• (All Africa News, 19 September 2013, Abuja) NEXIM, the Nigerian Export-Import Bank was established in 1991 and is owned equally by the Central Bank of Nigeria and the Ministry of Finance. Since 2009, NEXIM has reformed its processes and redefined its focus to promoting the diversification of the Nigerian economy and deepening the external sector, particularly the non-oil sector, through provision of credit facilities, export credit guarantee & export credit insurance; business development and financial advisory services. The bank's current strategic initiatives are targeted towards boosting employment creation and foreign exchange earnings in the manufacturing, agro-processing, solid minerals and services (tourism, transportation and entertainment) industries.

  • (PRN Newswire, 12 September 2013, Washington) The Office of Inspector General (OIG) for the Export-Import Bank of the United States (Ex-Im Bank) announced today that Teolinda Briseyda Angeles, an owner of an electronics company in Miami, Florida, was sentenced to serve one year and one day in prison for her role in a scheme to defraud Ex-Im Bank of nearly $446,876.

  • (Alliance News, 23 September 2013, London) - Aureus Mining Inc. Monday said the Export Credit Insurance Corporation of South Africa has approved export credit support for the company's US$88 million project debt finance facility to fund the development of its Liberian New Liberty Gold Project, with the finance facility being provided by Nedbank Ltd and Rand Merchant Bank. South Africa's ECIC has experienced a "phenomenal" growth in its insurance portfolio to R17bn (US$1.69bn) in the year to end-March from the previous year’s R11bn (US$1.01bn).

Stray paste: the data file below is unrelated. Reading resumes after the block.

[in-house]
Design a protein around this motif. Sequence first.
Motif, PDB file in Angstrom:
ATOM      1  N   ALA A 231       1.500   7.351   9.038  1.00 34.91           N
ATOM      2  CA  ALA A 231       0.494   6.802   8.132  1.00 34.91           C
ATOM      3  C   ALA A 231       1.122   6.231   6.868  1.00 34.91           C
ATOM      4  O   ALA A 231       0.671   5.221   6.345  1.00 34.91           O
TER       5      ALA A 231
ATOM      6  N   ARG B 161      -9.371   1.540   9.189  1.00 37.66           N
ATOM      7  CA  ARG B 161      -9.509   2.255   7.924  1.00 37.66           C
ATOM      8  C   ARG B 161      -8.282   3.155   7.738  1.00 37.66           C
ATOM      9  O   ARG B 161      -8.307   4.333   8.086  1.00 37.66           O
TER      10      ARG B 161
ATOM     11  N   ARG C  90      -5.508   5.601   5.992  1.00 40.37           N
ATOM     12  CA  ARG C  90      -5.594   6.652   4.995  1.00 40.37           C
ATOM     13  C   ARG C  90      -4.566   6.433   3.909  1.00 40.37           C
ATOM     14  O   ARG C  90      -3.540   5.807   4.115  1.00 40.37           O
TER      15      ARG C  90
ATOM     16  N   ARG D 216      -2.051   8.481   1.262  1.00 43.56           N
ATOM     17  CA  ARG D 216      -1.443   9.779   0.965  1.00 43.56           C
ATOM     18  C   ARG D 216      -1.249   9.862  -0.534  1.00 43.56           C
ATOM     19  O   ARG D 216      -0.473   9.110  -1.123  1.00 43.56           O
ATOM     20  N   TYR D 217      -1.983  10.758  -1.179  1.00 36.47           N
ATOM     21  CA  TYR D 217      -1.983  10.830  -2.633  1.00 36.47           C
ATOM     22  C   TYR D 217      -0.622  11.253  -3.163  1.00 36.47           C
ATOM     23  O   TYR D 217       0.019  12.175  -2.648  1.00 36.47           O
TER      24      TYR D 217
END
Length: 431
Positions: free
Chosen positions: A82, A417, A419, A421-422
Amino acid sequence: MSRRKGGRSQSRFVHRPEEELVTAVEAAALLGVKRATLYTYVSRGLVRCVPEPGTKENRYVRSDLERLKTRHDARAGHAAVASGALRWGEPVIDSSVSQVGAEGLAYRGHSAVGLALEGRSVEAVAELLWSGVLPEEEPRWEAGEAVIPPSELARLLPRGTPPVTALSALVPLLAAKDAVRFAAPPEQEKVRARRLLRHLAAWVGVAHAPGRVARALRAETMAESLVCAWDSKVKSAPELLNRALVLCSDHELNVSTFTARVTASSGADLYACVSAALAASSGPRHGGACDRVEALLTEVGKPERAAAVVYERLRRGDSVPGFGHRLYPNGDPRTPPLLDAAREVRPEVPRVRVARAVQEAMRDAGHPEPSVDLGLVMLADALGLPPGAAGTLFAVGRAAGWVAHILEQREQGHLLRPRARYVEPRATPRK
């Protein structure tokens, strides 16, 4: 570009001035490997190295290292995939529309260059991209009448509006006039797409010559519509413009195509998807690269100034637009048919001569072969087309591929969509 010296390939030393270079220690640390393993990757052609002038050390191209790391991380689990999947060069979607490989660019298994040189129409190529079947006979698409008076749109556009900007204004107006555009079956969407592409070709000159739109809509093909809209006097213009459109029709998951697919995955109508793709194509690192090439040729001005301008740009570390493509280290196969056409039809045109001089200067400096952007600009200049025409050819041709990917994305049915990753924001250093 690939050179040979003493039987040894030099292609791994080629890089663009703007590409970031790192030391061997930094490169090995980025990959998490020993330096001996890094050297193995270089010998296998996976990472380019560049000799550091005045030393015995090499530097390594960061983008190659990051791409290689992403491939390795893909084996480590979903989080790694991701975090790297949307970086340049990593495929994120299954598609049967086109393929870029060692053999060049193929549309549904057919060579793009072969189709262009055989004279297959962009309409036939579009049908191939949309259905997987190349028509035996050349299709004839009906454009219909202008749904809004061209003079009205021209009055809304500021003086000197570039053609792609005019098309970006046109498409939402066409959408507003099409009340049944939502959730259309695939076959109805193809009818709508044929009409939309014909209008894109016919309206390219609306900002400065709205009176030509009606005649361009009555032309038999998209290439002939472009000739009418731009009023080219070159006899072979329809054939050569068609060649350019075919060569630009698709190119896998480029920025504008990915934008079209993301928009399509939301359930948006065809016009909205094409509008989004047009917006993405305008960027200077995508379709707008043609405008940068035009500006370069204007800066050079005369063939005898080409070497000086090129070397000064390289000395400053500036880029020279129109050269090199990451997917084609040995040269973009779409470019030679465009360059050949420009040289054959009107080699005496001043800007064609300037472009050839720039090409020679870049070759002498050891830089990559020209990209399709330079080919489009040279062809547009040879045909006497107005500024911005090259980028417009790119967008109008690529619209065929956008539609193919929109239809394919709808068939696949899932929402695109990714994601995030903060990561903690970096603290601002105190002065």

Volume 12, Issue 8

  • OECD 2012 ECA Bribery Survey Responses Now Available

    (ECA Watch, Ottawa, 31 August 2013) The latest available OECD ECA bribery survey responses on how member ECAs implement the 2006 OECD Recommendation on Bribery and ECAs is available on their web site. However, despite the OECD's claims of transparency and effective gathering and dissemination of statistics, a confusing public link for what they say are the 2012 responses as of 30 June 2013 actually takes you to their blank 2007 questionnaire form. One has to persist and know how to uncompress all the individual country reports from another document in order to review the 2012 individual responses. It appears from the wording of the OECD announcement that only 6 of the 35 reporting countries (36 ECAs) responded to the 2012 survey. Most ECAs rely largely on reporting by corporate applicants who have little interest in providing information that might lead to rejections. In addition, some individual ECA forms (for example see p.10 Part 8 of the Atradius applicant form) only require the briefest of information on bribery, making it less likely that problematic situations will surface through this rather weak OECD monitoring and reporting process.